This is by far the best book I've read to prepare myself for the dreaded app process, I truly feel like I have an advantage over others who haven't read it. What I like a lot is that this book starts off discussing the realities of law school and the legal profession in general. The book would be of best use to those who are far from applying, however one of the amazing elements about it is that it also accommodates to those who will be applying fairly soon. It also does a amazing job discussing the possible ways to improve one's applications even if their credentials are not top notch. Amazing book, if you are merely thinking about applying to law school (even if you are not aiming for a top institution), I highly suggest you read this!
I've read three admissions books, but Richard Montauk's book is a must for any law school applicant and in my view, the best. Not only does he provide an extensive overview of the admissions process, but also contains interviews from actual admissions deans. The info is organized nicely and is broken down to literally tutorial you from deciding whether law school is for you to getting you ready for your first semester.
After being out of school for 9 years, I really required a straight to the point tutorial of how to obtain into a top law school. From preparing with additional classes to tackling the expense of law school, this book has it all. With every applicant at a various scene in their lives, this book truly does cover every topic, and it amazing to read excerpts from admissions officers.
This book recites a number of law school essays WITHOUT saying why they created a d would have been an intro to each essay showing that the candidate was at the lower ranges of undergraduate GPAs and LSAT score and got in anyway with their essay, but the book didn't do that. For all we know, the candidates were in the higher ranges of UGPA and LSAT and got in despite the possibly-horrible e book gave eight principles for writing amazing essays, without saying where those principles came from. One of the principles was to have correct spelling and grammar. The book went on to give a lot of pages of tip on that, and almost no tip on the other eight principles. Also, some of the essays had typographical would do better buying 'Winning on Appeal: Better Briefs & Oral Argument' by Justice Ruggero J. Aldisert (available on Amazon) and applying those principles to your essays.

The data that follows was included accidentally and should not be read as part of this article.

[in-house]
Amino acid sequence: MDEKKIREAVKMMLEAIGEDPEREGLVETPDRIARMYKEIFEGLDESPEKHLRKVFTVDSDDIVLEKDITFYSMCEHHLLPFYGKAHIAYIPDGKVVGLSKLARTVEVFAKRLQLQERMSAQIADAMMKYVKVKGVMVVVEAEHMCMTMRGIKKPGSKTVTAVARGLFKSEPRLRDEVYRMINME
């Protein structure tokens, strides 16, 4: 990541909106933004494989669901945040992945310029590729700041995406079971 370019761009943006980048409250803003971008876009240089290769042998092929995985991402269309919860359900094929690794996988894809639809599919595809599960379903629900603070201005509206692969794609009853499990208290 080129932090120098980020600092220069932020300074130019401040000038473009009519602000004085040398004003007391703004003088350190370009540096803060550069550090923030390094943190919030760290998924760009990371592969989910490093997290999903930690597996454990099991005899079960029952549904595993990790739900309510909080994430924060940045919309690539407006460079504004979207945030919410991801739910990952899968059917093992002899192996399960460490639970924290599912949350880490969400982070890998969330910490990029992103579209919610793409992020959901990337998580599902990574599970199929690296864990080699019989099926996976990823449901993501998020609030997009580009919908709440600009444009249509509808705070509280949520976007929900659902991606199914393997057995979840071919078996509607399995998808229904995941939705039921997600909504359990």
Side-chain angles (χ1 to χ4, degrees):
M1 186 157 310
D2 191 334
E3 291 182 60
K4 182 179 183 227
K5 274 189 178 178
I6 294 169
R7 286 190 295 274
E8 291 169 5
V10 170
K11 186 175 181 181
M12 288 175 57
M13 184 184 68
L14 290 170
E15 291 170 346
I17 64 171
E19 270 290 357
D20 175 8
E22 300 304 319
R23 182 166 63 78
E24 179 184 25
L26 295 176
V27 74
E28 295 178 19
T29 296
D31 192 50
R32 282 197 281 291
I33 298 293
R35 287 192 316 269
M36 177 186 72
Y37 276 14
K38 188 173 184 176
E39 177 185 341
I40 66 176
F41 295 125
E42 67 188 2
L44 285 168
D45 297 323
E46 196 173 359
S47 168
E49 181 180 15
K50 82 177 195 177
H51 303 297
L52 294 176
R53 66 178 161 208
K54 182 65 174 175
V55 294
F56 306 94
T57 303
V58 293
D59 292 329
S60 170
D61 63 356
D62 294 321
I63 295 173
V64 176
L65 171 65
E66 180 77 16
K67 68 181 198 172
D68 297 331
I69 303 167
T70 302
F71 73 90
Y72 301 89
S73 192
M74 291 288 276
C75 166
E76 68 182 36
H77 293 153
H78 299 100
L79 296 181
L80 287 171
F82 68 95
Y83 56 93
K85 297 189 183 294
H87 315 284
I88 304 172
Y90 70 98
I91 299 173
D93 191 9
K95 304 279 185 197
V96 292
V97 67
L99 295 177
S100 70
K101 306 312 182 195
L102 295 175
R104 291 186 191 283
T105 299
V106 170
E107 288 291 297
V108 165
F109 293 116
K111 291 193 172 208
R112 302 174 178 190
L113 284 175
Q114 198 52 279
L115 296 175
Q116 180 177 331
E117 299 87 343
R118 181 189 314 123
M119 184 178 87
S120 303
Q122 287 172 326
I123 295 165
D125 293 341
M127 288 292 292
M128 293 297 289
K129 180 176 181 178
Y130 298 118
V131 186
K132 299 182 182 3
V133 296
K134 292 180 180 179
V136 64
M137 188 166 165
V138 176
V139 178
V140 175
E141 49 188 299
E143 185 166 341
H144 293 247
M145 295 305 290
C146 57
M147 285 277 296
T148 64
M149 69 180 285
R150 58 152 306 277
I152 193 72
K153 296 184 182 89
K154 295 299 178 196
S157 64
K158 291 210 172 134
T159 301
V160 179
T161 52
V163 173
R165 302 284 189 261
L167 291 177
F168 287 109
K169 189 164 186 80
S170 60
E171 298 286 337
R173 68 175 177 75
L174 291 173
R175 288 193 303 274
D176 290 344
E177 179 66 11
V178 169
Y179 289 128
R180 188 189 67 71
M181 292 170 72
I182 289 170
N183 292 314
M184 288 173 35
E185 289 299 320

some of the private statements in this book created me cringe, either because of something the applicant said or how poor the writing was. Suffice it to say, most of these applicants got in with their high GPA, not because of the depth in their private essays. Since I bought this book to see examples of stellar essays, I was disappointed with the quality of writing. The hints offered before the essays weren't all that useful either--things anyone with common sense would know without having to shell out $12.